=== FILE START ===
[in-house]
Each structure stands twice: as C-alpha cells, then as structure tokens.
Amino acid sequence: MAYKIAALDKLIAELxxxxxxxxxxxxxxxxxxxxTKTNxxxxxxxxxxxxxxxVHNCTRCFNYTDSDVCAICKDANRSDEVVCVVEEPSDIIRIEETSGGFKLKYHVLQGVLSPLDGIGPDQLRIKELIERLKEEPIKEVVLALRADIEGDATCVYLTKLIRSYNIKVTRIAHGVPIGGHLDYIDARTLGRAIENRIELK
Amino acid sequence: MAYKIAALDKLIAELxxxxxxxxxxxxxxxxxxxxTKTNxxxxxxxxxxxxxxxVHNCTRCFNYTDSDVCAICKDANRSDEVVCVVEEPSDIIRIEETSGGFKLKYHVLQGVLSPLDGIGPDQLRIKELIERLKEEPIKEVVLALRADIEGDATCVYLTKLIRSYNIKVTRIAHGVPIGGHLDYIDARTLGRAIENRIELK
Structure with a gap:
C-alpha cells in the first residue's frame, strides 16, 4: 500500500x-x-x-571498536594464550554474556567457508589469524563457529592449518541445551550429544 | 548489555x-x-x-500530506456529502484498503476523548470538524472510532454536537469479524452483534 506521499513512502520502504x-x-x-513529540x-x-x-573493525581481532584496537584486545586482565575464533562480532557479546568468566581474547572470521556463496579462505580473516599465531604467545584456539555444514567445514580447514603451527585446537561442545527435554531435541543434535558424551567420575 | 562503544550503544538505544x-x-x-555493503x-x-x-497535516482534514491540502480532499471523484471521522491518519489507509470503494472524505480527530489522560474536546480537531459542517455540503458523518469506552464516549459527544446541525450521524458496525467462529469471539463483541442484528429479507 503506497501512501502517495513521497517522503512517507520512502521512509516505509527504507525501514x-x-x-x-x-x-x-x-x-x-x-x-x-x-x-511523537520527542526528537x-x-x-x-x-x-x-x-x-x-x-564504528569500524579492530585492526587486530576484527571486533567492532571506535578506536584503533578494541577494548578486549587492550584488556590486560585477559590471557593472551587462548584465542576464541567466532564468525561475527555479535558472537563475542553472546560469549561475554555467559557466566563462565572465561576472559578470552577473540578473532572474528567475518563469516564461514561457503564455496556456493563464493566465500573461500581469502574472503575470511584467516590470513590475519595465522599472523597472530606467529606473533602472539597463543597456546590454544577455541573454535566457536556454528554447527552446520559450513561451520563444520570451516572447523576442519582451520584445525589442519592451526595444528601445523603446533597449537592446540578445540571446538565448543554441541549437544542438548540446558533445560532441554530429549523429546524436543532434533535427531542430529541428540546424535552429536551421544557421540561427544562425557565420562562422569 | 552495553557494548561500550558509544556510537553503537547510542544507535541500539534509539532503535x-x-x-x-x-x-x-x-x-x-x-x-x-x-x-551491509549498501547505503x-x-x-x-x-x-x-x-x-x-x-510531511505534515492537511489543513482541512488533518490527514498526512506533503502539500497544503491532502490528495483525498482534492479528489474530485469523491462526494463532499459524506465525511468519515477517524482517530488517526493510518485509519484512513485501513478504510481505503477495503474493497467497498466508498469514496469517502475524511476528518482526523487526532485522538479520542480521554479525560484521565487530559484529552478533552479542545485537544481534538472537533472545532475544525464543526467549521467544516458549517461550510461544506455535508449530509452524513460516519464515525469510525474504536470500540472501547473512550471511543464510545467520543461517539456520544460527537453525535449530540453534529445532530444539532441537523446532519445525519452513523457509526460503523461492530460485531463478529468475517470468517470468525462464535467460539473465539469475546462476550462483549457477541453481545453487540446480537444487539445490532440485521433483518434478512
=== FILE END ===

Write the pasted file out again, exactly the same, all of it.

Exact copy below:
[in-house]
Each structure stands twice: as C-alpha cells, then as structure tokens.
Amino acid sequence: MAYKIAALDKLIAELxxxxxxxxxxxxxxxxxxxxTKTNxxxxxxxxxxxxxxxVHNCTRCFNYTDSDVCAICKDANRSDEVVCVVEEPSDIIRIEETSGGFKLKYHVLQGVLSPLDGIGPDQLRIKELIERLKEEPIKEVVLALRADIEGDATCVYLTKLIRSYNIKVTRIAHGVPIGGHLDYIDARTLGRAIENRIELK
Amino acid sequence: MAYKIAALDKLIAELxxxxxxxxxxxxxxxxxxxxTKTNxxxxxxxxxxxxxxxVHNCTRCFNYTDSDVCAICKDANRSDEVVCVVEEPSDIIRIEETSGGFKLKYHVLQGVLSPLDGIGPDQLRIKELIERLKEEPIKEVVLALRADIEGDATCVYLTKLIRSYNIKVTRIAHGVPIGGHLDYIDARTLGRAIENRIELK
Structure with a gap:
C-alpha cells in the first residue's frame, strides 16, 4: 500500500x-x-x-571498536594464550554474556567457508589469524563457529592449518541445551550429544 | 548489555x-x-x-500530506456529502484498503476523548470538524472510532454536537469479524452483534 506521499513512502520502504x-x-x-513529540x-x-x-573493525581481532584496537584486545586482565575464533562480532557479546568468566581474547572470521556463496579462505580473516599465531604467545584456539555444514567445514580447514603451527585446537561442545527435554531435541543434535558424551567420575 | 562503544550503544538505544x-x-x-555493503x-x-x-497535516482534514491540502480532499471523484471521522491518519489507509470503494472524505480527530489522560474536546480537531459542517455540503458523518469506552464516549459527544446541525450521524458496525467462529469471539463483541442484528429479507 503506497501512501502517495513521497517522503512517507520512502521512509516505509527504507525501514x-x-x-x-x-x-x-x-x-x-x-x-x-x-x-511523537520527542526528537x-x-x-x-x-x-x-x-x-x-x-564504528569500524579492530585492526587486530576484527571486533567492532571506535578506536584503533578494541577494548578486549587492550584488556590486560585477559590471557593472551587462548584465542576464541567466532564468525561475527555479535558472537563475542553472546560469549561475554555467559557466566563462565572465561576472559578470552577473540578473532572474528567475518563469516564461514561457503564455496556456493563464493566465500573461500581469502574472503575470511584467516590470513590475519595465522599472523597472530606467529606473533602472539597463543597456546590454544577455541573454535566457536556454528554447527552446520559450513561451520563444520570451516572447523576442519582451520584445525589442519592451526595444528601445523603446533597449537592446540578445540571446538565448543554441541549437544542438548540446558533445560532441554530429549523429546524436543532434533535427531542430529541428540546424535552429536551421544557421540561427544562425557565420562562422569 | 552495553557494548561500550558509544556510537553503537547510542544507535541500539534509539532503535x-x-x-x-x-x-x-x-x-x-x-x-x-x-x-551491509549498501547505503x-x-x-x-x-x-x-x-x-x-x-510531511505534515492537511489543513482541512488533518490527514498526512506533503502539500497544503491532502490528495483525498482534492479528489474530485469523491462526494463532499459524506465525511468519515477517524482517530488517526493510518485509519484512513485501513478504510481505503477495503474493497467497498466508498469514496469517502475524511476528518482526523487526532485522538479520542480521554479525560484521565487530559484529552478533552479542545485537544481534538472537533472545532475544525464543526467549521467544516458549517461550510461544506455535508449530509452524513460516519464515525469510525474504536470500540472501547473512550471511543464510545467520543461517539456520544460527537453525535449530540453534529445532530444539532441537523446532519445525519452513523457509526460503523461492530460485531463478529468475517470468517470468525462464535467460539473465539469475546462476550462483549457477541453481545453487540446480537444487539445490532440485521433483518434478512